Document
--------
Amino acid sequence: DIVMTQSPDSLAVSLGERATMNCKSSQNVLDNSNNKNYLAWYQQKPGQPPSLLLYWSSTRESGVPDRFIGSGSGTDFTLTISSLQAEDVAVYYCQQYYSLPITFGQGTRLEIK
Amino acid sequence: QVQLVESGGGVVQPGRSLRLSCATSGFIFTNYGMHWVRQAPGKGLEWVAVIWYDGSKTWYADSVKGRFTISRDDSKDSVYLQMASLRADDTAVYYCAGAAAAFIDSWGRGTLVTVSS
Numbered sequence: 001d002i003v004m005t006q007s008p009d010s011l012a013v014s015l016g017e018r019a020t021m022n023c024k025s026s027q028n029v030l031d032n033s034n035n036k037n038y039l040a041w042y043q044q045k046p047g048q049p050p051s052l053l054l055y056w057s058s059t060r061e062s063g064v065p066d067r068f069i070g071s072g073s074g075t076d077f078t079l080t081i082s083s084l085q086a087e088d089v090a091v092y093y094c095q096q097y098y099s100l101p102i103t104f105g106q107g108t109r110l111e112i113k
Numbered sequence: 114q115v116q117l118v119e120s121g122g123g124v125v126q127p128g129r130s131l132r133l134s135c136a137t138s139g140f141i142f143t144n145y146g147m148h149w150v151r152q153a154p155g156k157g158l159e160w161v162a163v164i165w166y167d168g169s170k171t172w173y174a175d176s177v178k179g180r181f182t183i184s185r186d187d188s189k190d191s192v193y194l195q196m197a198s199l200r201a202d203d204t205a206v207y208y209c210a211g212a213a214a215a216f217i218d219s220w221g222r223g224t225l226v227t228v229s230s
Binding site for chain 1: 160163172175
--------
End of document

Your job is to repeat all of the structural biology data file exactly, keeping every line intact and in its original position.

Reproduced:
Amino acid sequence: DIVMTQSPDSLAVSLGERATMNCKSSQNVLDNSNNKNYLAWYQQKPGQPPSLLLYWSSTRESGVPDRFIGSGSGTDFTLTISSLQAEDVAVYYCQQYYSLPITFGQGTRLEIK
Amino acid sequence: QVQLVESGGGVVQPGRSLRLSCATSGFIFTNYGMHWVRQAPGKGLEWVAVIWYDGSKTWYADSVKGRFTISRDDSKDSVYLQMASLRADDTAVYYCAGAAAAFIDSWGRGTLVTVSS
Numbered sequence: 001d002i003v004m005t006q007s008p009d010s011l012a013v014s015l016g017e018r019a020t021m022n023c024k025s026s027q028n029v030l031d032n033s034n035n036k037n038y039l040a041w042y043q044q045k046p047g048q049p050p051s052l053l054l055y056w057s058s059t060r061e062s063g064v065p066d067r068f069i070g071s072g073s074g075t076d077f078t079l080t081i082s083s084l085q086a087e088d089v090a091v092y093y094c095q096q097y098y099s100l101p102i103t104f105g106q107g108t109r110l111e112i113k
Numbered sequence: 114q115v116q117l118v119e120s121g122g123g124v125v126q127p128g129r130s131l132r133l134s135c136a137t138s139g140f141i142f143t144n145y146g147m148h149w150v151r152q153a154p155g156k157g158l159e160w161v162a163v164i165w166y167d168g169s170k171t172w173y174a175d176s177v178k179g180r181f182t183i184s185r186d187d188s189k190d191s192v193y194l195q196m197a198s199l200r201a202d203d204t205a206v207y208y209c210a211g212a213a214a215a216f217i218d219s220w221g222r223g224t225l226v227t228v229s230s
Binding site for chain 1: 160163172175